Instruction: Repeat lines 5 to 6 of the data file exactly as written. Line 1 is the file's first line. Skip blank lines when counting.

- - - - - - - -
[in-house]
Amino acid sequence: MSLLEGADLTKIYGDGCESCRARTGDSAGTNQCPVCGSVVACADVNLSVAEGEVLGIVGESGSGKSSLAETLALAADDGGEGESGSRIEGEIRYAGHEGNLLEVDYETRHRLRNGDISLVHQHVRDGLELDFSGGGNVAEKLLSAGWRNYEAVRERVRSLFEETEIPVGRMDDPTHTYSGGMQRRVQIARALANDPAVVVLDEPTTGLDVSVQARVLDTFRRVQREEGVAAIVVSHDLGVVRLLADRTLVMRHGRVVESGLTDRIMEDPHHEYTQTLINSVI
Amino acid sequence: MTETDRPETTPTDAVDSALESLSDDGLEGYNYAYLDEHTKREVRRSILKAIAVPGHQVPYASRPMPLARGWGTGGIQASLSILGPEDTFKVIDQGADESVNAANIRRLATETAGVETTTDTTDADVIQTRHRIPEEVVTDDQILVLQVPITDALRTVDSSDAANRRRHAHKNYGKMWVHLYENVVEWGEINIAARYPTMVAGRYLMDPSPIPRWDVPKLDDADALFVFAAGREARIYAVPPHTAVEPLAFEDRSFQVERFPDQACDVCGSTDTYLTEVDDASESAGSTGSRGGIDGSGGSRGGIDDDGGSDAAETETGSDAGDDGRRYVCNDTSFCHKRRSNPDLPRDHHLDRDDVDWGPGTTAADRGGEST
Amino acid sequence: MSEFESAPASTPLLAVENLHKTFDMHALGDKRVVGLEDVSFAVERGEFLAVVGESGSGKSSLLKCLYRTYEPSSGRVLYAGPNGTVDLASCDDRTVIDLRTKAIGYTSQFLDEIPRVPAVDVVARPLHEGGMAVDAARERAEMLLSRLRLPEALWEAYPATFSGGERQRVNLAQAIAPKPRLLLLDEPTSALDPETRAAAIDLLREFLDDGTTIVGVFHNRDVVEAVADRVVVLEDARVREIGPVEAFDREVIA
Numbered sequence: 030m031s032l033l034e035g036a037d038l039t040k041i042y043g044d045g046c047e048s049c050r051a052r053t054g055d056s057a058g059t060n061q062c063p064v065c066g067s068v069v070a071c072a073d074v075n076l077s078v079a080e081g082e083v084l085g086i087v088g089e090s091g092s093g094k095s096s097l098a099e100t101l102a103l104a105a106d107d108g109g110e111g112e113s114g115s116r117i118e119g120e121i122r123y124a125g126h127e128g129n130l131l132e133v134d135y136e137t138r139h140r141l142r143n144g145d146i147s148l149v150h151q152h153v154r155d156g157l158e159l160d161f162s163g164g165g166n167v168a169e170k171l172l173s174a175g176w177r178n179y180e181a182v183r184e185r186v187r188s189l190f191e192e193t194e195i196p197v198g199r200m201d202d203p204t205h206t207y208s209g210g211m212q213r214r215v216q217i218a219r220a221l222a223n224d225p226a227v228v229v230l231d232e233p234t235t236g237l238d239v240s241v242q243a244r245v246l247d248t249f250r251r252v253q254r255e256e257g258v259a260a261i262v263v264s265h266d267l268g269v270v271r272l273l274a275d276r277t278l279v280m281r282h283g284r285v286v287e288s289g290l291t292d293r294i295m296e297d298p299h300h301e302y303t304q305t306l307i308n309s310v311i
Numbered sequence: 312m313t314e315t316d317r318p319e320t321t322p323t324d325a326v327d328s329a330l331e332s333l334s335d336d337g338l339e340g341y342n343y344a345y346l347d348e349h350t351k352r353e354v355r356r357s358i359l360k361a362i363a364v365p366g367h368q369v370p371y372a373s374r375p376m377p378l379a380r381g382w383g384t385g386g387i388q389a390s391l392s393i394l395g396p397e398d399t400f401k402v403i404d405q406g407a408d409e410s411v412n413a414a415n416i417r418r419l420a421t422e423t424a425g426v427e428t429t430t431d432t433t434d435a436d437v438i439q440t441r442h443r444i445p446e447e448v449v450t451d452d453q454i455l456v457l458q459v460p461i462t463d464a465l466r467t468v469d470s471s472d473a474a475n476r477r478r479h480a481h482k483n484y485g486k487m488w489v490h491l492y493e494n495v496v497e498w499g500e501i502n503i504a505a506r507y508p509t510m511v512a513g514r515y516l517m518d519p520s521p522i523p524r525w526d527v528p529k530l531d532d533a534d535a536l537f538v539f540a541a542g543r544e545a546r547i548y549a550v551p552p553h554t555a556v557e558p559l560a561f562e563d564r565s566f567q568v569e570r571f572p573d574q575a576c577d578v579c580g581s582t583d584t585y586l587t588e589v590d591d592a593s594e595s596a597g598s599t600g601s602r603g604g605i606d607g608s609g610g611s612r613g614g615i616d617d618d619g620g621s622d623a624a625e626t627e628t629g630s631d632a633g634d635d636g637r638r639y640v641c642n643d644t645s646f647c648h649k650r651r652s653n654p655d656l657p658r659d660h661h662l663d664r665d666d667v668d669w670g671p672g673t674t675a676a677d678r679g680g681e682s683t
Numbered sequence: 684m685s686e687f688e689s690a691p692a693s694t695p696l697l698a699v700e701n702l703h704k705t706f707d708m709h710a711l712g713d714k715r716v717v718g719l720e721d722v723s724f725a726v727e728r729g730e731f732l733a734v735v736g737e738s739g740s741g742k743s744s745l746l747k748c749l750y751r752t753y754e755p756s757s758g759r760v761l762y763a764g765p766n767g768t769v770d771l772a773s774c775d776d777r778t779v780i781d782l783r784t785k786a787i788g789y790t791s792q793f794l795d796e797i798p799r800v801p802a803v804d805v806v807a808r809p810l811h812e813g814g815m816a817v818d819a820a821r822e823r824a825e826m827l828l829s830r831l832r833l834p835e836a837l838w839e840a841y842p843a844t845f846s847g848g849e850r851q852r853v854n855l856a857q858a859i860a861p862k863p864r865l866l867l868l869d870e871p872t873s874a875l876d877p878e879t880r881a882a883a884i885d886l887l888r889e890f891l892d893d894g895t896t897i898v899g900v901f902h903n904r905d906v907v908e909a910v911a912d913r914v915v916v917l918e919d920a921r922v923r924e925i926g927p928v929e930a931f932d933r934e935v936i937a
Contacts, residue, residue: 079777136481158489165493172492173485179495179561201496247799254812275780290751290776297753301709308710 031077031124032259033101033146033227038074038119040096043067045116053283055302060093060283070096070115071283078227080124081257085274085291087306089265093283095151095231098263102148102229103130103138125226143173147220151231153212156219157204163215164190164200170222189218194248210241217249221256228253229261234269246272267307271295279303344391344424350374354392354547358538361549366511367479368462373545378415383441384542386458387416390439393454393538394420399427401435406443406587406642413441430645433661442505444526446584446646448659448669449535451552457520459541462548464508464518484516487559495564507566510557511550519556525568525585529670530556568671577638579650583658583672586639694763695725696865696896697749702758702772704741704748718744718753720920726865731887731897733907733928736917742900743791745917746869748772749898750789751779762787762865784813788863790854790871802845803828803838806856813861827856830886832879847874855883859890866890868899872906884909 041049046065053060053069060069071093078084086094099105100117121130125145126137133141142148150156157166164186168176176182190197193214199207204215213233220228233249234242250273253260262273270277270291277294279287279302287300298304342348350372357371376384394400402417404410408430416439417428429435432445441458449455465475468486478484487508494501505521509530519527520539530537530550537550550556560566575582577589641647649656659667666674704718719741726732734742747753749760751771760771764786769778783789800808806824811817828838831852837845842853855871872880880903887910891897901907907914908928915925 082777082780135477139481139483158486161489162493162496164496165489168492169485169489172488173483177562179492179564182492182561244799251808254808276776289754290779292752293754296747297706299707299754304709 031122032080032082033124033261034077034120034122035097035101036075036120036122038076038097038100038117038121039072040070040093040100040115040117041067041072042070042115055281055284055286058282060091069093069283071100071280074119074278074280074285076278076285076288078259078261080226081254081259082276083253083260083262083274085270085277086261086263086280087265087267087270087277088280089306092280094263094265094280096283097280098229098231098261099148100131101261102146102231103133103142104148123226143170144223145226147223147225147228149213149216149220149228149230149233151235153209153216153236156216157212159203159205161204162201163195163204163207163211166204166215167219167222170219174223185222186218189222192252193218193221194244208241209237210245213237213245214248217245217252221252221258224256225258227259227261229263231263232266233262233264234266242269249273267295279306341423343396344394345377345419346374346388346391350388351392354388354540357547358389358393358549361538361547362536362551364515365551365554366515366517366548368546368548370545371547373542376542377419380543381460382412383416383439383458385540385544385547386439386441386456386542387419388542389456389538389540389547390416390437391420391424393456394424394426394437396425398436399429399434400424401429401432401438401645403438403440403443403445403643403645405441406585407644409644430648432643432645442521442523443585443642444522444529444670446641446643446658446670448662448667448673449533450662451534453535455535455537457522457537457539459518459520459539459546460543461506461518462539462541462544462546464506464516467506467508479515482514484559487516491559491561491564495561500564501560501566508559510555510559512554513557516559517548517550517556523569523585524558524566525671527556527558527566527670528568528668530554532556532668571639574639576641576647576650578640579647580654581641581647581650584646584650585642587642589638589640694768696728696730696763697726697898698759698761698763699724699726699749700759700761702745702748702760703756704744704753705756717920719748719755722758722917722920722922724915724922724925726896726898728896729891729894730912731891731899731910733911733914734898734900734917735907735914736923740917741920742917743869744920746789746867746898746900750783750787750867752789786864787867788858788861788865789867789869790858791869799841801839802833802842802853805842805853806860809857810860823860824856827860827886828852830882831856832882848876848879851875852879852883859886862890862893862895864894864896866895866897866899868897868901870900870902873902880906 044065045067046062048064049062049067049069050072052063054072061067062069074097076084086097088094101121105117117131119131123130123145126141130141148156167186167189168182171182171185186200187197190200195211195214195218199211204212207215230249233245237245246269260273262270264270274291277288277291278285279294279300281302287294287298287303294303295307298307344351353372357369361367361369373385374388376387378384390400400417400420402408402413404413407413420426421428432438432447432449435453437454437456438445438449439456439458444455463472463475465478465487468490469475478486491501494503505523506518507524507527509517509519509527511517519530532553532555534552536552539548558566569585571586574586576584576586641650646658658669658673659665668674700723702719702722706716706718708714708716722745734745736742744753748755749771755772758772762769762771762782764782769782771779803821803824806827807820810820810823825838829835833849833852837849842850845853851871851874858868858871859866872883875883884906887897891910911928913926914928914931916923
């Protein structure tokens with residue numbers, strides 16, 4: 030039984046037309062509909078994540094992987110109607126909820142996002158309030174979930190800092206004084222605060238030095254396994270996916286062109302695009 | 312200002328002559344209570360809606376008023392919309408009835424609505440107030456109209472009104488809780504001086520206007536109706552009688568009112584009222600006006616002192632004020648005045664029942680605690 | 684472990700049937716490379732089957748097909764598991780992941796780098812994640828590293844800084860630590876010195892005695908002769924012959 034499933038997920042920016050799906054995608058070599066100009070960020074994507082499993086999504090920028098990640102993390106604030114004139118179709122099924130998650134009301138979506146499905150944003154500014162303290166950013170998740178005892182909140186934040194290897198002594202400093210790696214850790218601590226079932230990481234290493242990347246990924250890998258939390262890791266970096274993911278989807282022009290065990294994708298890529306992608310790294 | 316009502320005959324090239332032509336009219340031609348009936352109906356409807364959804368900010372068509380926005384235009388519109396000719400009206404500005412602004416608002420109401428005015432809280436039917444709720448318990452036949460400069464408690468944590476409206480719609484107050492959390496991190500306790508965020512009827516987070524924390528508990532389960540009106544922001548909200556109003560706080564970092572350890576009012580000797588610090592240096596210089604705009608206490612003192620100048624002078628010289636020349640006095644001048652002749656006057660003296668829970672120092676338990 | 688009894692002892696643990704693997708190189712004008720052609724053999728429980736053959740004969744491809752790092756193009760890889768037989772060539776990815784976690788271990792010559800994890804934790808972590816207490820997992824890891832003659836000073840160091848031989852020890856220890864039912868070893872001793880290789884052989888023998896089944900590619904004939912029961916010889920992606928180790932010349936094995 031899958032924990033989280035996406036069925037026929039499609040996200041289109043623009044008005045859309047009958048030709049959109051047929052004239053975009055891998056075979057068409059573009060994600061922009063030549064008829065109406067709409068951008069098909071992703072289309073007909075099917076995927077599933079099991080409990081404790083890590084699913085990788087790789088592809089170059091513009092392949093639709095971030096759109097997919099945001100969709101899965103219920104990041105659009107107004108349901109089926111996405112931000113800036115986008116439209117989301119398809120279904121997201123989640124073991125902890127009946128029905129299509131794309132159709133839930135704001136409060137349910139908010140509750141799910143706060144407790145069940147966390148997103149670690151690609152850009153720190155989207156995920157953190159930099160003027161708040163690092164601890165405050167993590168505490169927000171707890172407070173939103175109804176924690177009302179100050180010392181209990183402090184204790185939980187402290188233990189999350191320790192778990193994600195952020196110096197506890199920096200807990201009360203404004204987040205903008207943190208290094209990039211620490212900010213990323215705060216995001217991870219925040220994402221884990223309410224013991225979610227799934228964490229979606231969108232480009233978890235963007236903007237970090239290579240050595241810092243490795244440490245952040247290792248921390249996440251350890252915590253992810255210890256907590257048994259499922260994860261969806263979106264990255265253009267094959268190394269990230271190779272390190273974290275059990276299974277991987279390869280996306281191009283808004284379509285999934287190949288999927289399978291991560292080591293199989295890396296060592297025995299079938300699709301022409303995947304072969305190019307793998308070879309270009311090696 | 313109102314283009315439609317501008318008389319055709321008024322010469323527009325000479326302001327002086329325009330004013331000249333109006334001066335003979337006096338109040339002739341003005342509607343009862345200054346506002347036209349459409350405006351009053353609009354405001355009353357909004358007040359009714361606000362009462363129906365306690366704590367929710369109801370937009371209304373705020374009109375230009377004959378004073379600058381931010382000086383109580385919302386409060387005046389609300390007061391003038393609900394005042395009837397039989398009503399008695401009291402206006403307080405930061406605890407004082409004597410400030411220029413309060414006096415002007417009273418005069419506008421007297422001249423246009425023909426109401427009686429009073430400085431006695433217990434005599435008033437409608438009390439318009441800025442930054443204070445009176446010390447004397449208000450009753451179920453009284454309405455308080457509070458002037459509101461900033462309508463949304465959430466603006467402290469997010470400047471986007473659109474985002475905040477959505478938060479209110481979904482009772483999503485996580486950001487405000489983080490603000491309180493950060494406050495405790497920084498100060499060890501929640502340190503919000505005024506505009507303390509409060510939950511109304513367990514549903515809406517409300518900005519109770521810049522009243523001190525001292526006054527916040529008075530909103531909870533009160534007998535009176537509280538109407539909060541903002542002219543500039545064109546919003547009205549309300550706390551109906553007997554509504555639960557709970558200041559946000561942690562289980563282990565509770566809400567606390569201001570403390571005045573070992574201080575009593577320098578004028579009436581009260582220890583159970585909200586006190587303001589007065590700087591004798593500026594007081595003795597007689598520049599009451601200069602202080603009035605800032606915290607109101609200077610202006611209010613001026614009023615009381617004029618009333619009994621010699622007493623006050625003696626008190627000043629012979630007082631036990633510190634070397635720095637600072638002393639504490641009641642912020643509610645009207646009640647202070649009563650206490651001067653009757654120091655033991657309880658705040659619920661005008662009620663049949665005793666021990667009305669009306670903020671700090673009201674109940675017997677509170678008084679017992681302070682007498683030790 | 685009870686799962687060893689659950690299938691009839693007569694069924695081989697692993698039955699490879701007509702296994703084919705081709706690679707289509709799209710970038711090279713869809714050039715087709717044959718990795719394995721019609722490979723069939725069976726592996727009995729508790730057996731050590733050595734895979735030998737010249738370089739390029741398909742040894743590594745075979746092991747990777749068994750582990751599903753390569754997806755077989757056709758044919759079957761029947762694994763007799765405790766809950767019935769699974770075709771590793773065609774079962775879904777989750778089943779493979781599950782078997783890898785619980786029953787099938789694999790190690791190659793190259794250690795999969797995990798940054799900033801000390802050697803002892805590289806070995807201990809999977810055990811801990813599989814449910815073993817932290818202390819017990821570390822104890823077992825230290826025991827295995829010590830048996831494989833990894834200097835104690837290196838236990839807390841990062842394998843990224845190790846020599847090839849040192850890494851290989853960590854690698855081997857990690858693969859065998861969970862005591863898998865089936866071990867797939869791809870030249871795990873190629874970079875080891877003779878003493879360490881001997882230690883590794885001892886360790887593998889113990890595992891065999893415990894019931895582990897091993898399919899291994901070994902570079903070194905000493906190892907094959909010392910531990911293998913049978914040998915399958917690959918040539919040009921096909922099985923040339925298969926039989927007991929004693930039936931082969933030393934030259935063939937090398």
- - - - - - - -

Numbered sequence: 030m031s032l033l034e035g036a037d038l039t040k041i042y043g044d045g046c047e048s049c050r051a052r053t054g055d056s057a058g059t060n061q062c063p064v065c066g067s068v069v070a071c072a073d074v075n076l077s078v079a080e081g082e083v084l085g086i087v088g089e090s091g092s093g094k095s096s097l098a099e100t101l102a103l104a105a106d107d108g109g110e111g112e113s114g115s116r117i118e119g120e121i122r123y124a125g126h127e128g129n130l131l132e133v134d135y136e137t138r139h140r141l142r143n144g145d146i147s148l149v150h151q152h153v154r155d156g157l158e159l160d161f162s163g164g165g166n167v168a169e170k171l172l173s174a175g176w177r178n179y180e181a182v183r184e185r186v187r188s189l190f191e192e193t194e195i196p197v198g199r200m201d202d203p204t205h206t207y208s209g210g211m212q213r214r215v216q217i218a219r220a221l222a223n224d225p226a227v228v229v230l231d232e233p234t235t236g237l238d239v240s241v242q243a244r245v246l247d248t249f250r251r252v253q254r255e256e257g258v259a260a261i262v263v264s265h266d267l268g269v270v271r272l273l274a275d276r277t278l279v280m281r282h283g284r285v286v287e288s289g290l291t292d293r294i295m296e297d298p299h300h301e302y303t304q305t306l307i308n309s310v311i
Numbered sequence: 312m313t314e315t316d317r318p319e320t321t322p323t324d325a326v327d328s329a330l331e332s333l334s335d336d337g338l339e340g341y342n343y344a345y346l347d348e349h350t351k352r353e354v355r356r357s358i359l360k361a362i363a364v365p366g367h368q369v370p371y372a373s374r375p376m377p378l379a380r381g382w383g384t385g386g387i388q389a390s391l392s393i394l395g396p397e398d399t400f401k402v403i404d405q406g407a408d409e410s411v412n413a414a415n416i417r418r419l420a421t422e423t424a425g426v427e428t429t430t431d432t433t434d435a436d437v438i439q440t441r442h443r444i445p446e447e448v449v450t451d452d453q454i455l456v457l458q459v460p461i462t463d464a465l466r467t468v469d470s471s472d473a474a475n476r477r478r479h480a481h482k483n484y485g486k487m488w489v490h491l492y493e494n495v496v497e498w499g500e501i502n503i504a505a506r507y508p509t510m511v512a513g514r515y516l517m518d519p520s521p522i523p524r525w526d527v528p529k530l531d532d533a534d535a536l537f538v539f540a541a542g543r544e545a546r547i548y549a550v551p552p553h554t555a556v557e558p559l560a561f562e563d564r565s566f567q568v569e570r571f572p573d574q575a576c577d578v579c580g581s582t583d584t585y586l587t588e589v590d591d592a593s594e595s596a597g598s599t600g601s602r603g604g605i606d607g608s609g610g611s612r613g614g615i616d617d618d619g620g621s622d623a624a625e626t627e628t629g630s631d632a633g634d635d636g637r638r639y640v641c642n643d644t645s646f647c648h649k650r651r652s653n654p655d656l657p658r659d660h661h662l663d664r665d666d667v668d669w670g671p672g673t674t675a676a677d678r679g680g681e682s683t